In 2014, a treasure trove of footage of Jane Goodall on her first expeditions into the jungles of Africa to study the day to day existences of chimps in the wild was released from the National Geographic vaults and it is from this footage that Morgen has assembled this film. Jane consists almost entirely of period footage shot by Hugo von Lawick, a wildlife filmmaker & photographer who accompanied Goodall and played a large part in taking her story to the larger world. The two eventually married and the movie also follows along with their relationship. There’s a lot to love here for sure. Goodall comes across as a compelling figure; it’s kind of shocking to see her in the archival footage, a lanky, tan, blonde 26-year-old as she makes her first expedition into the jungle. It’s easy to see why she was so fascinating at the time and why she remains so. The nature footage is pretty great, especially when you consider its age; some of the most awe-inspiring footage is actually of the Serengeti during a lengthy period when Goodall & von Lawick worked there. And the score is by Phillip Glass is typically hypnotic and beautiful and striking. The film doesn’t ever quite achieve the transcendence I was kind of hoping for; it never becomes about anything larger than its subject in terms of themes and artistry, but then Jane Goodall is a large enough subject for this film to remain compelling and engaging. 3 ½ stars.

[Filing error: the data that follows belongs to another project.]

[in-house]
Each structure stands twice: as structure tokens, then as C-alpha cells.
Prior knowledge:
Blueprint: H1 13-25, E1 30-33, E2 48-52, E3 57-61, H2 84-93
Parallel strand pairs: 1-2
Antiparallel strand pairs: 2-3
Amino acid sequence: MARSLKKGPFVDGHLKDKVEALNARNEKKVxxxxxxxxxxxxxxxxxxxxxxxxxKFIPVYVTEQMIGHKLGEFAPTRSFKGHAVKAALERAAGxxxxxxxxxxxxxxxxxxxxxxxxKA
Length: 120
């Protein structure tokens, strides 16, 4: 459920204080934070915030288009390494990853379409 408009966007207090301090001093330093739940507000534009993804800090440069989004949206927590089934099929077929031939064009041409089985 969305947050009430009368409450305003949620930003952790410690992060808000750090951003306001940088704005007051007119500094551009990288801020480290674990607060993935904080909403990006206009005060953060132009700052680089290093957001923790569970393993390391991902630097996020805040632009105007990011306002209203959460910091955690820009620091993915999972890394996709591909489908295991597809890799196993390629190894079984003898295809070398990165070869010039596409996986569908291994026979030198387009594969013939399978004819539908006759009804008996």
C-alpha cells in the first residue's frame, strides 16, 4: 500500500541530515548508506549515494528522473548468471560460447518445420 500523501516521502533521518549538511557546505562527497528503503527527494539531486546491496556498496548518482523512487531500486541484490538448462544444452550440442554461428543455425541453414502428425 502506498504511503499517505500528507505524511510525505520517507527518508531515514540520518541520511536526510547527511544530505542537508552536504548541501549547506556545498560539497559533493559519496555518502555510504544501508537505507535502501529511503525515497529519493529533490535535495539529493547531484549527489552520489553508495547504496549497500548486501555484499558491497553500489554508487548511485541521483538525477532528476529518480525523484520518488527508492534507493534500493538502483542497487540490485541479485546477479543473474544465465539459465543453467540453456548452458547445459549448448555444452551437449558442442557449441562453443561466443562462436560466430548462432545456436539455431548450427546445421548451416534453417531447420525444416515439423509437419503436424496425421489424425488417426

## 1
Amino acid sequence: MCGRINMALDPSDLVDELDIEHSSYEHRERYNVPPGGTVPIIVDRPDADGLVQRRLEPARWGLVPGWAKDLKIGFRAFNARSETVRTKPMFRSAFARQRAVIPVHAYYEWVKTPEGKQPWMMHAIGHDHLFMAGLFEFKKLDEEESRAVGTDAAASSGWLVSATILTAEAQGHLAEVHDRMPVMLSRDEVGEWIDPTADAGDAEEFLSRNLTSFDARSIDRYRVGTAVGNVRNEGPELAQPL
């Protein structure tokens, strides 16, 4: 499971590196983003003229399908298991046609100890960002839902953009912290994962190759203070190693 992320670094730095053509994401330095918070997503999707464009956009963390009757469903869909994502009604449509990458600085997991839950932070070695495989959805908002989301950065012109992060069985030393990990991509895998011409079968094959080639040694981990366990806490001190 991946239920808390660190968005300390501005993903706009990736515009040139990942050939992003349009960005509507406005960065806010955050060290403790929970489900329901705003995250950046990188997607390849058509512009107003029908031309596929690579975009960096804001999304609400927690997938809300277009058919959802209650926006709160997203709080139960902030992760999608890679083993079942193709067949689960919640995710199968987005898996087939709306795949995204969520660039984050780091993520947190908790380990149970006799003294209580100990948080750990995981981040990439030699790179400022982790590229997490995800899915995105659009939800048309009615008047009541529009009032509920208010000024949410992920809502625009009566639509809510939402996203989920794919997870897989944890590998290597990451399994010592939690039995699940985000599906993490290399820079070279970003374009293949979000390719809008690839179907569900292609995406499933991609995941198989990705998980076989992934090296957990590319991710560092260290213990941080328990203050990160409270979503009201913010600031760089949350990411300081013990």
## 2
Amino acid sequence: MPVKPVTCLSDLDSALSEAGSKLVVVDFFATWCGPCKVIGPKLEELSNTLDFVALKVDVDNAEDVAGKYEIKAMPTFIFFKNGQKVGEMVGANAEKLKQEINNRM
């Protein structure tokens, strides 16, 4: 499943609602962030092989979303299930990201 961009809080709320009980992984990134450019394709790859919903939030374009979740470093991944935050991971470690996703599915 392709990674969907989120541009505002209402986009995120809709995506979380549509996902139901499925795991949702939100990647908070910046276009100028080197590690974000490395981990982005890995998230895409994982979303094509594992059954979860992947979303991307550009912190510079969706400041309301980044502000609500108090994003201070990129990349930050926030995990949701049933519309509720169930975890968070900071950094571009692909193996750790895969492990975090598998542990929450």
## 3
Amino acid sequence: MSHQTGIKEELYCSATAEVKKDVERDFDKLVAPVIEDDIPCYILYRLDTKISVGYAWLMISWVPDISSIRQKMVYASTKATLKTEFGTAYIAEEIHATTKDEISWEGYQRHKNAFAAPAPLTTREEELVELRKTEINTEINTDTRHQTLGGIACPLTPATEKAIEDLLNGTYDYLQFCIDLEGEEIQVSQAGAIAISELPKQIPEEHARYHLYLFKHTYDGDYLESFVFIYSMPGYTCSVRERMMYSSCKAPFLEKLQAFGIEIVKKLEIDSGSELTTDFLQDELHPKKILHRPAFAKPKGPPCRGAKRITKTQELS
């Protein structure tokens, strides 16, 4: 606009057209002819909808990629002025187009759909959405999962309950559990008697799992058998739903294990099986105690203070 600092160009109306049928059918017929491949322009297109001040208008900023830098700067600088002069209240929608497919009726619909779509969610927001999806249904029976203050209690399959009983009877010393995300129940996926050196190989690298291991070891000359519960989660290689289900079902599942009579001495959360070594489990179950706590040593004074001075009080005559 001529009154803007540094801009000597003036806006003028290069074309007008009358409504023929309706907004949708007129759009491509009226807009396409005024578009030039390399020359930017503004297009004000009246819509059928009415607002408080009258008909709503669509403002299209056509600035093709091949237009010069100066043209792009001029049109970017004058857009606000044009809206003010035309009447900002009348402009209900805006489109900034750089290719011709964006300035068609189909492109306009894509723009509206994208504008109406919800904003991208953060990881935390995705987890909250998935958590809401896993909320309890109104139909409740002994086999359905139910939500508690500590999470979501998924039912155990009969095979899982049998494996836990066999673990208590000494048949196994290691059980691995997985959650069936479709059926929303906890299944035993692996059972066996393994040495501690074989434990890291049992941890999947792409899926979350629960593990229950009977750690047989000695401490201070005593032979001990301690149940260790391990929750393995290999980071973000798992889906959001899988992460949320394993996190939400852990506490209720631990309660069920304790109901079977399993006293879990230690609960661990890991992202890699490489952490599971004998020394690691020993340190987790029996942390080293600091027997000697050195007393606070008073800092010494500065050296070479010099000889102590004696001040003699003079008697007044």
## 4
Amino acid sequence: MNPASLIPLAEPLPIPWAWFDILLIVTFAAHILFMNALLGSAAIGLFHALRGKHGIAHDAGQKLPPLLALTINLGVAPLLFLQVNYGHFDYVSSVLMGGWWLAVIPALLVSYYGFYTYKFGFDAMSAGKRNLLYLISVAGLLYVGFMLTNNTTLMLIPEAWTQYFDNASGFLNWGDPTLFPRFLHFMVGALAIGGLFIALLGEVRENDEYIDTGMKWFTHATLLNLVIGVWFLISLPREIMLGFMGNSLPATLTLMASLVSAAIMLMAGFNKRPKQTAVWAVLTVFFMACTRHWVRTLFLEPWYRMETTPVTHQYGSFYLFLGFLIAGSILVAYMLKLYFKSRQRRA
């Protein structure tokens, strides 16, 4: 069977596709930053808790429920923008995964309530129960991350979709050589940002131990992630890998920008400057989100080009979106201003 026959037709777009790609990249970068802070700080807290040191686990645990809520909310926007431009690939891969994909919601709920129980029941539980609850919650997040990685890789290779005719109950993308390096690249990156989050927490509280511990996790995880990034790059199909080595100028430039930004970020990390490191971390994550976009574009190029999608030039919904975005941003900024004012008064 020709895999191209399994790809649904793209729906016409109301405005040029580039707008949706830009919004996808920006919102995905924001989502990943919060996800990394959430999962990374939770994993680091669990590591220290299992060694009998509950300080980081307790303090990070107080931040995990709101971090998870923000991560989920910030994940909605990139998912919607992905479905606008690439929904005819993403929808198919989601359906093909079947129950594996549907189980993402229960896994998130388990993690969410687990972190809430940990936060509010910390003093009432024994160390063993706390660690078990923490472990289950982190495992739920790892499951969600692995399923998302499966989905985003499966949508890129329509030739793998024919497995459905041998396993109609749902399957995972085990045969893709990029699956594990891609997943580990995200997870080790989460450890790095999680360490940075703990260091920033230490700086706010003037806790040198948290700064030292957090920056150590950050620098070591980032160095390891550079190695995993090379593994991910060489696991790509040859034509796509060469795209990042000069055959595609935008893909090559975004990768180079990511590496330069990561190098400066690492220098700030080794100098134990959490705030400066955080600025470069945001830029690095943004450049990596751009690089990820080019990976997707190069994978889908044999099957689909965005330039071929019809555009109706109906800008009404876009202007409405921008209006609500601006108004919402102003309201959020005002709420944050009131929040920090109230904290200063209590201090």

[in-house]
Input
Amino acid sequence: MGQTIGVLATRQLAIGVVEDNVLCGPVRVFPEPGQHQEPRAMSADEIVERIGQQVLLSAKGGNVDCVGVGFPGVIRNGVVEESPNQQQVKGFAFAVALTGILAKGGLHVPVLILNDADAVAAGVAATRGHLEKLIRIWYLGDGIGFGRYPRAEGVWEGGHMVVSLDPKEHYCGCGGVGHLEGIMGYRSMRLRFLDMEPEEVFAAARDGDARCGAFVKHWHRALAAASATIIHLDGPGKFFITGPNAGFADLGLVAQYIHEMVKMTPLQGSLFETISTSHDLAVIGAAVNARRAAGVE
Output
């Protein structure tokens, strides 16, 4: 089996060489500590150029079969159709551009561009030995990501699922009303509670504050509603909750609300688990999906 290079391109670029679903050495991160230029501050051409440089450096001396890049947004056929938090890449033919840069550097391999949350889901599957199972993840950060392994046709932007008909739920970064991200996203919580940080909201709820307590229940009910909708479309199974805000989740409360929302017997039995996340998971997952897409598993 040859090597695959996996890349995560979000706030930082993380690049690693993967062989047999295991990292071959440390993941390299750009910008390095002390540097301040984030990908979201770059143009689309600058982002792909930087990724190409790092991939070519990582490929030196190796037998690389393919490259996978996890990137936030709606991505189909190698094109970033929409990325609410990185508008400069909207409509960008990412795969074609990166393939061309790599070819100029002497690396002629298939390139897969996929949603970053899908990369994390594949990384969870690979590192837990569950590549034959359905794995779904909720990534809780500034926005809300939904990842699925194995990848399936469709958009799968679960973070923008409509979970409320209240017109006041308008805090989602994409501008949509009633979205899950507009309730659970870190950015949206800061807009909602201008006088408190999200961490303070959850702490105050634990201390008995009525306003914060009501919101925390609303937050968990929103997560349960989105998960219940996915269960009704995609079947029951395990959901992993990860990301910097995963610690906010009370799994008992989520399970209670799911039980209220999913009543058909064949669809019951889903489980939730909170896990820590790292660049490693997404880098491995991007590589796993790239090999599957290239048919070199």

tl;dr – documentary about Jane Goodall is mostly composed of archival footage; Goodall is compelling, the footage is often awesome and the film is entertaining and engaging. 3 ½ stars.